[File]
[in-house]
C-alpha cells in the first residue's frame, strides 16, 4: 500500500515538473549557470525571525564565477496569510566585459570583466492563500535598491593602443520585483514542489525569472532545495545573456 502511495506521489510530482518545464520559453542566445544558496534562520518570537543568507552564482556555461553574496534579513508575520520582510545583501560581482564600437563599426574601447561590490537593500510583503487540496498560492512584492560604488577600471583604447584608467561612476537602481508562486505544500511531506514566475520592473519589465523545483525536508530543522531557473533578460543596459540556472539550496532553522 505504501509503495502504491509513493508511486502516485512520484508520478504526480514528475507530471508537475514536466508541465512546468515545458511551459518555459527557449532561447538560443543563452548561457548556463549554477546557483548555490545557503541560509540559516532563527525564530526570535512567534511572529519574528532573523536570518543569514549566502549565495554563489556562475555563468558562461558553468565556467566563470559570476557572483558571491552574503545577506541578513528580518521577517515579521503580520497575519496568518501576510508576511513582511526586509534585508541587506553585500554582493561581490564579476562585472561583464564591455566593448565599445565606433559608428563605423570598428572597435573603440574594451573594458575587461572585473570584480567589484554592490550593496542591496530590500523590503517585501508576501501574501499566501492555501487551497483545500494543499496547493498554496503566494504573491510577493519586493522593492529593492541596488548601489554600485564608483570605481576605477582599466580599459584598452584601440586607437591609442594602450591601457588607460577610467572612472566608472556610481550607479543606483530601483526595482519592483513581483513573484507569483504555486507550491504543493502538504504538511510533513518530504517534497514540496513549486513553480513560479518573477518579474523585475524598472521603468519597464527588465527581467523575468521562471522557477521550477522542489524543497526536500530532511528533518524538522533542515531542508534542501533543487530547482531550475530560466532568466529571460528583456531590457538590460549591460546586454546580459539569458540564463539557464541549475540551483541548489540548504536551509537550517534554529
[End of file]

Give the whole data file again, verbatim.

[in-house]
C-alpha cells in the first residue's frame, strides 16, 4: 500500500515538473549557470525571525564565477496569510566585459570583466492563500535598491593602443520585483514542489525569472532545495545573456 502511495506521489510530482518545464520559453542566445544558496534562520518570537543568507552564482556555461553574496534579513508575520520582510545583501560581482564600437563599426574601447561590490537593500510583503487540496498560492512584492560604488577600471583604447584608467561612476537602481508562486505544500511531506514566475520592473519589465523545483525536508530543522531557473533578460543596459540556472539550496532553522 505504501509503495502504491509513493508511486502516485512520484508520478504526480514528475507530471508537475514536466508541465512546468515545458511551459518555459527557449532561447538560443543563452548561457548556463549554477546557483548555490545557503541560509540559516532563527525564530526570535512567534511572529519574528532573523536570518543569514549566502549565495554563489556562475555563468558562461558553468565556467566563470559570476557572483558571491552574503545577506541578513528580518521577517515579521503580520497575519496568518501576510508576511513582511526586509534585508541587506553585500554582493561581490564579476562585472561583464564591455566593448565599445565606433559608428563605423570598428572597435573603440574594451573594458575587461572585473570584480567589484554592490550593496542591496530590500523590503517585501508576501501574501499566501492555501487551497483545500494543499496547493498554496503566494504573491510577493519586493522593492529593492541596488548601489554600485564608483570605481576605477582599466580599459584598452584601440586607437591609442594602450591601457588607460577610467572612472566608472556610481550607479543606483530601483526595482519592483513581483513573484507569483504555486507550491504543493502538504504538511510533513518530504517534497514540496513549486513553480513560479518573477518579474523585475524598472521603468519597464527588465527581467523575468521562471522557477521550477522542489524543497526536500530532511528533518524538522533542515531542508534542501533543487530547482531550475530560466532568466529571460528583456531590457538590460549591460546586454546580459539569458540564463539557464541549475540551483541548489540548504536551509537550517534554529